Glasgow University Library: Major donation to Italian history collections
Issued: Tue, 10 Dec 2013 15:19:00 GMT
Dr Bracke is delighted to let you know that University of Glasgow Library has received a generous donation by Professors Judith and Stephen Hellman (York, Toronto) of material relating to 20th-century Italian history, politics and culture. The collection consists of books, periodicals, press material, and pamphlets, on two main themes: the Italian communist party (PCI) and affiliated organisations such as trade unions and research centres on the one hand, and women's organisations and women's writing on the other. This first part of the collection includes texts by leading communists such as Enrico Berlinguer on issues of global communism and Italian politics, as well as the party's major periodicals such as Rinascita, propaganda material, and reports of major industrial disputes. The second part of the collection includes writing by influential authors such as Gabriella Parca, periodicals and pamphlets by feminist groups of the 1960s-80s, and publications by the Women's Library in Milan. The material is in Italian and English.
The material is currently being processed and will be available from the spring of 2014. More information, and a rough inventory, can be found on the Library blog. A small number of items are available from Dr Bracke's office (History) rather than from the Library.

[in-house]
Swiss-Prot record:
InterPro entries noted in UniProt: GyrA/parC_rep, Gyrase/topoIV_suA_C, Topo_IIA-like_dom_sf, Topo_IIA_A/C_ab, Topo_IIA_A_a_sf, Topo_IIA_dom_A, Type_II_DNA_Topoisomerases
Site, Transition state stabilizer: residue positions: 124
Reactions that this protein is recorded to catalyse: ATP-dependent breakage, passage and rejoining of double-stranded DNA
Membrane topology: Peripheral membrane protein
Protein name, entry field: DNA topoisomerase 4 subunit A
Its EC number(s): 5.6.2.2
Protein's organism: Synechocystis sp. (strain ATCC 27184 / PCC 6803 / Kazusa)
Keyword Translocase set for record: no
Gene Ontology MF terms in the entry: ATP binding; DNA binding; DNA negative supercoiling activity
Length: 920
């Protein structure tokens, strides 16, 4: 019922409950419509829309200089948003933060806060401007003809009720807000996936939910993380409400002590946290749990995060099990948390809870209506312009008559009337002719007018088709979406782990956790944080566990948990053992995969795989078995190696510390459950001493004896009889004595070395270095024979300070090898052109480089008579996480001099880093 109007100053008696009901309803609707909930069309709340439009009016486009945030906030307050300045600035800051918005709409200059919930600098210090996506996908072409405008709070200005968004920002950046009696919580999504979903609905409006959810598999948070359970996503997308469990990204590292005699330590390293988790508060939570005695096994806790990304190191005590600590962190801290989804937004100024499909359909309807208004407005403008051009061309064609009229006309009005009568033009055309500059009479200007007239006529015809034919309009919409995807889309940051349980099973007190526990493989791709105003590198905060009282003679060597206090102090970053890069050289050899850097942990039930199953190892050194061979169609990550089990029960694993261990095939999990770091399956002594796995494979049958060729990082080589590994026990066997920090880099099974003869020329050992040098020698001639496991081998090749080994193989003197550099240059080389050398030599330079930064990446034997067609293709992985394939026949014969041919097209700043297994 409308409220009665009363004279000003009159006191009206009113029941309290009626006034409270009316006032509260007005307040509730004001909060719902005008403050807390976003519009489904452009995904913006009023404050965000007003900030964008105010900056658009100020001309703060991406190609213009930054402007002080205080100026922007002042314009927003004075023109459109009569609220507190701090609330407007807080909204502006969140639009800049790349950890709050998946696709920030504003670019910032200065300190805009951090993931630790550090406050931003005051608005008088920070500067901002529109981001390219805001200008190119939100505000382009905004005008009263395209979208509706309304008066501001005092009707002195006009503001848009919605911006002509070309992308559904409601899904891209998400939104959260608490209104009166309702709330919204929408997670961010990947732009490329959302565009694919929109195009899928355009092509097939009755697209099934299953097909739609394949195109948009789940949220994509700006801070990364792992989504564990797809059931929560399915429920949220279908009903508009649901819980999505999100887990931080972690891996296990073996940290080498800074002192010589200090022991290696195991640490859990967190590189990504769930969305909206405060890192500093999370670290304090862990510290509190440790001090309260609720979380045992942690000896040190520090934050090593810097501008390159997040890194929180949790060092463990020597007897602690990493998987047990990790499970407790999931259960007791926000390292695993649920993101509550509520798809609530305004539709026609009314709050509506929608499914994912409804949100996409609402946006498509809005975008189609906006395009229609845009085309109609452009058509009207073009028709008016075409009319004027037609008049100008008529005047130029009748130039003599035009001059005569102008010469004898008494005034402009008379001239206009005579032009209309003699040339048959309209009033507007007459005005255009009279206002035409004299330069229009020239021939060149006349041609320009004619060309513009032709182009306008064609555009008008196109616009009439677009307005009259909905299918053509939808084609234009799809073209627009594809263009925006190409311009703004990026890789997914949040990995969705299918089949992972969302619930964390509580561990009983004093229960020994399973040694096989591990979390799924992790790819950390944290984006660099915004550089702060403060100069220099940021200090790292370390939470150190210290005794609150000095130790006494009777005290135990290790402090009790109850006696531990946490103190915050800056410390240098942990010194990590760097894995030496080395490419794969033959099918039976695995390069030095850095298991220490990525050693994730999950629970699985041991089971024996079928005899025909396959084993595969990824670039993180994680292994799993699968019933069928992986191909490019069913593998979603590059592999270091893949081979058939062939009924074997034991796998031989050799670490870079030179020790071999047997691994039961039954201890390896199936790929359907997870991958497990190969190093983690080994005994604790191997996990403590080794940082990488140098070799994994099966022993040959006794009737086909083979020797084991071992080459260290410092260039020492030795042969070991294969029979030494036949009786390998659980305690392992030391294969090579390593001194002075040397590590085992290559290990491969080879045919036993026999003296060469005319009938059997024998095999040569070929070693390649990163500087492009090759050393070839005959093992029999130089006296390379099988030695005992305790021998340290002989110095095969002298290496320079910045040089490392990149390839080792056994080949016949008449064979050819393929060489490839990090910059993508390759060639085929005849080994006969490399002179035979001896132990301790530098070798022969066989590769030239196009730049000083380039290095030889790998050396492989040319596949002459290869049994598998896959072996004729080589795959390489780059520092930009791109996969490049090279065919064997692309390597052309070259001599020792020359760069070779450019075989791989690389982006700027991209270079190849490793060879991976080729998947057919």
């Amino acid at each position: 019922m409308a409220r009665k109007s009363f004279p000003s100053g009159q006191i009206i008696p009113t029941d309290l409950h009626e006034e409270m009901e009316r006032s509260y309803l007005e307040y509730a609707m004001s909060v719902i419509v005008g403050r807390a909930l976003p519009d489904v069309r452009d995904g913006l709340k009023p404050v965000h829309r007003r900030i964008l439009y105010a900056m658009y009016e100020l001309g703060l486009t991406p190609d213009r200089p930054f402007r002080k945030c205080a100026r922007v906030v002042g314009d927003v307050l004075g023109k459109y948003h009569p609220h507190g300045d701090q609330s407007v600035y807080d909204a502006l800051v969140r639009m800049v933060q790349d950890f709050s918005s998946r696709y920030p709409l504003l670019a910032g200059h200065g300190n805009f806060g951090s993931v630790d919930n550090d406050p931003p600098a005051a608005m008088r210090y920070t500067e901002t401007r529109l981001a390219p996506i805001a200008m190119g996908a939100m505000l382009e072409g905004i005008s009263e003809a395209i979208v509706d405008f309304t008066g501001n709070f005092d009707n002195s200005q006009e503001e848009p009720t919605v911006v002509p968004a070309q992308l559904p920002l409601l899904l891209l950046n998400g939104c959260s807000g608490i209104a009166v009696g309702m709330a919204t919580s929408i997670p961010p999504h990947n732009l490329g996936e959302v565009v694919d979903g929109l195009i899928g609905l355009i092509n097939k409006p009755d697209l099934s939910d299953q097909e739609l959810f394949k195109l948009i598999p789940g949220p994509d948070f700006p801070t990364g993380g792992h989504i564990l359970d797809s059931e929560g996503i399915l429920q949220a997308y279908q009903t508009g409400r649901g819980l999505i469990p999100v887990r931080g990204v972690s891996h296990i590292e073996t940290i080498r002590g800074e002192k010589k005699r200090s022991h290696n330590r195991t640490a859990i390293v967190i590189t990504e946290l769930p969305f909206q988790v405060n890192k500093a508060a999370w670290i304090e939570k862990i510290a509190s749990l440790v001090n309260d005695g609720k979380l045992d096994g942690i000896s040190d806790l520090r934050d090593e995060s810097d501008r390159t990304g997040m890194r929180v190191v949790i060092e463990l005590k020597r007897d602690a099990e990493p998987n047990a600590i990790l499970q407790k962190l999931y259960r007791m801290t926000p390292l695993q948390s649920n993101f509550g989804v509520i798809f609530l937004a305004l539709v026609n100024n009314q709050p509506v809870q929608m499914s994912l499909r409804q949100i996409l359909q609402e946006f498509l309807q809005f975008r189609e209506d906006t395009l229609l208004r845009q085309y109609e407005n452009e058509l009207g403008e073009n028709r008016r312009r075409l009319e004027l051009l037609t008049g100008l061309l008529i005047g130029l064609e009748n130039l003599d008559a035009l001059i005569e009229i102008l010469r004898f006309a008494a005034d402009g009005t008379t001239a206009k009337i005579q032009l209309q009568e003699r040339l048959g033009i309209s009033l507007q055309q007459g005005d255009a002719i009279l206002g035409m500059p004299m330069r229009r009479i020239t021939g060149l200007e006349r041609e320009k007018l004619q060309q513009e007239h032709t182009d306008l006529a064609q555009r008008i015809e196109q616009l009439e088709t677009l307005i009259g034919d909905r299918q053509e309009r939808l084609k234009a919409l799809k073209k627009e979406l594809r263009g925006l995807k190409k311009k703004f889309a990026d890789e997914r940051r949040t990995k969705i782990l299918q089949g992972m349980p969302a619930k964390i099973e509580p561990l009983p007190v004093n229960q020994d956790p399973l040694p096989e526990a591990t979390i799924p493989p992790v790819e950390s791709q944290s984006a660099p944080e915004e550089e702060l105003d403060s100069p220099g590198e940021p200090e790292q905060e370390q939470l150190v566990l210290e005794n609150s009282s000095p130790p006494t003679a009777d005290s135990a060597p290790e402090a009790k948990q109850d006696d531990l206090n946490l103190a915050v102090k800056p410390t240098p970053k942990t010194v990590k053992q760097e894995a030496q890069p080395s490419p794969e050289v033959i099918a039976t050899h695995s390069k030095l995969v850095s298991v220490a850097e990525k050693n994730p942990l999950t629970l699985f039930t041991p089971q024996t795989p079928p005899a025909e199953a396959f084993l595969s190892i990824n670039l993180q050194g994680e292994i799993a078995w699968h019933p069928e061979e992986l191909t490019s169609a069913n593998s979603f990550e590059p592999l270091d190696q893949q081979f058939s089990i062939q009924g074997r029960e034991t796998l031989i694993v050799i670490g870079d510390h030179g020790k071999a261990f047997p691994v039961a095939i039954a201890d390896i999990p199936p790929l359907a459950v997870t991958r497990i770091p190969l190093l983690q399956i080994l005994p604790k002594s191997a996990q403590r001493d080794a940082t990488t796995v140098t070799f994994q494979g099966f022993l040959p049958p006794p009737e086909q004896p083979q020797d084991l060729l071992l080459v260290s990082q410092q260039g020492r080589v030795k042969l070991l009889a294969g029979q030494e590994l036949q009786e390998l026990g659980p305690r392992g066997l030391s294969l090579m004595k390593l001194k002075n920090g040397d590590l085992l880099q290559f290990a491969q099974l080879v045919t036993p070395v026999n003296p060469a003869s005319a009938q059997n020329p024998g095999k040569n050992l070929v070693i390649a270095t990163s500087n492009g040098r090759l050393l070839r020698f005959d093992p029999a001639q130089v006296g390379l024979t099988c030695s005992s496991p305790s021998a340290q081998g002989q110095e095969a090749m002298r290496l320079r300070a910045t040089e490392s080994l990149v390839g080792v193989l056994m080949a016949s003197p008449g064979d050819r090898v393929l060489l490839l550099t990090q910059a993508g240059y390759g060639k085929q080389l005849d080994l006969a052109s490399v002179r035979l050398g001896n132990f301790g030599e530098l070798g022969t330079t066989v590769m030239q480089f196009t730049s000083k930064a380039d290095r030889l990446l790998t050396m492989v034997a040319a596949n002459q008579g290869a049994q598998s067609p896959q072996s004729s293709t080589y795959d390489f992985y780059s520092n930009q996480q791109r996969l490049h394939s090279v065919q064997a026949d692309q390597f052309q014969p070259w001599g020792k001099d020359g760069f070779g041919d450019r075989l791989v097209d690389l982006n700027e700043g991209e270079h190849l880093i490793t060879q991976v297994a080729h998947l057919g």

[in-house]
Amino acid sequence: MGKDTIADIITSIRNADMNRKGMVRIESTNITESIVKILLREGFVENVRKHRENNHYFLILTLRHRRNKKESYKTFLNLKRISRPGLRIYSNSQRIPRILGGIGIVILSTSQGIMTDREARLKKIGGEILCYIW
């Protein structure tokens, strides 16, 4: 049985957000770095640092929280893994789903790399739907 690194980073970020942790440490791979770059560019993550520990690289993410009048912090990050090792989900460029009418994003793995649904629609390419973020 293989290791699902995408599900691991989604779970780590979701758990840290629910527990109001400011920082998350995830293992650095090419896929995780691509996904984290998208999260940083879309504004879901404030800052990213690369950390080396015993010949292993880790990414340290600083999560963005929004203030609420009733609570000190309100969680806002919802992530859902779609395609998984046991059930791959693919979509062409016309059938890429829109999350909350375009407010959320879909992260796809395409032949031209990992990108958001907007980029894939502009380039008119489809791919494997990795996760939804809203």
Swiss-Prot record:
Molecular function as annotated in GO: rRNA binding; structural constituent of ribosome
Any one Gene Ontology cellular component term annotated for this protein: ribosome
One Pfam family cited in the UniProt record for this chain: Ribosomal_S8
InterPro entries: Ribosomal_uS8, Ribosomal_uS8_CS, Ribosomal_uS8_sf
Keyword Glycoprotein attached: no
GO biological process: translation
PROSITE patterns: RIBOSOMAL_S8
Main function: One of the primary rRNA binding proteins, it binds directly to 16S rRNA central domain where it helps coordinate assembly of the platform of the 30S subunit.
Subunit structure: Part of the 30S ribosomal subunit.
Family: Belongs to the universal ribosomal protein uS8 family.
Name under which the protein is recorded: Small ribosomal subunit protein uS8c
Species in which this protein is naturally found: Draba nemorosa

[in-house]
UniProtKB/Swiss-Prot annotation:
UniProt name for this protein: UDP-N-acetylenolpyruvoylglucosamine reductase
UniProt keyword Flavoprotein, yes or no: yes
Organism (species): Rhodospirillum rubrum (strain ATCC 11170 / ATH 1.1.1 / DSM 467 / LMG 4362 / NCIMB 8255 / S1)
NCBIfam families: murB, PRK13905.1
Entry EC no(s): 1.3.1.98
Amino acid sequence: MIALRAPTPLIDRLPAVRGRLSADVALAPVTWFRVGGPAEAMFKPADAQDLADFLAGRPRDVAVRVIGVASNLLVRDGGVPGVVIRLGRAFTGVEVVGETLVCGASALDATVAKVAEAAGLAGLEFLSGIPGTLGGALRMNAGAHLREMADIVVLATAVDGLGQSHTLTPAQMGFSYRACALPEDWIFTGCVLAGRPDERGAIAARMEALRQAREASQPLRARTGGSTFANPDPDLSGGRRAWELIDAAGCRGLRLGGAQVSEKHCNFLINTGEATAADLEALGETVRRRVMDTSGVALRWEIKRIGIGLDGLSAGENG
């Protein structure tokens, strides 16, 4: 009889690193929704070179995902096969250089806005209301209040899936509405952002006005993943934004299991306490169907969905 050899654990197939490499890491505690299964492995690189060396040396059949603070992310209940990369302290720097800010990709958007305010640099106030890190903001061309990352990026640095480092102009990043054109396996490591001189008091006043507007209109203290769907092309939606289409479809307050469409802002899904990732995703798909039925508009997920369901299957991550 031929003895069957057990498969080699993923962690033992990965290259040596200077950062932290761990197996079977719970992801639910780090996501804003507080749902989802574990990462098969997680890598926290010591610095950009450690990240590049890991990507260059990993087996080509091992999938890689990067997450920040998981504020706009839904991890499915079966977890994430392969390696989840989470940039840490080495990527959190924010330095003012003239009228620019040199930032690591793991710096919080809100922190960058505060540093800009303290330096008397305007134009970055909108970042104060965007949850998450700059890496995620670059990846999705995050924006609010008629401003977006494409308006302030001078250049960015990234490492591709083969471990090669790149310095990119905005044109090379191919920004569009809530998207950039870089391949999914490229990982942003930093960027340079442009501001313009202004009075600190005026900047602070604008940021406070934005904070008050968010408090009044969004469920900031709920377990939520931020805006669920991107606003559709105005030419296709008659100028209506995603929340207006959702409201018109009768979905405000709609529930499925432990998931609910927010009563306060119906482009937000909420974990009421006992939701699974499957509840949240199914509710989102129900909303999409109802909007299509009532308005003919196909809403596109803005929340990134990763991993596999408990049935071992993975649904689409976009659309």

The collection will be of interest to staff and students working on Italian history and culture, European social and political history of the 20th Century, global communism, and women's writing. With these additions, the University of Glasgow Library now houses one of largest collection of 20th-century Italian history material in the UK outside London. Thanks to the collection, prospective postgraduate students wishing to specialize in 20th-century Italian history will find Glasgow an attractive place to study.
A launch event, which Judith and Stephen Hellman will attend, is planned for May. On this occasion, current research in 20th-century Italian history and culture by scholars from Scotland and the North of England will be presented, and research collaborations discussed. More details will follow in due course.
Please contact Dr Bracke if you seek further information about this. Thanks to the History Subject for its support, as well as the School of Modern Languages and Cultures, in particular Dr. Penny Morris. My thanks also go to GUL's History specialist Clare Paterson and the cataloguing team.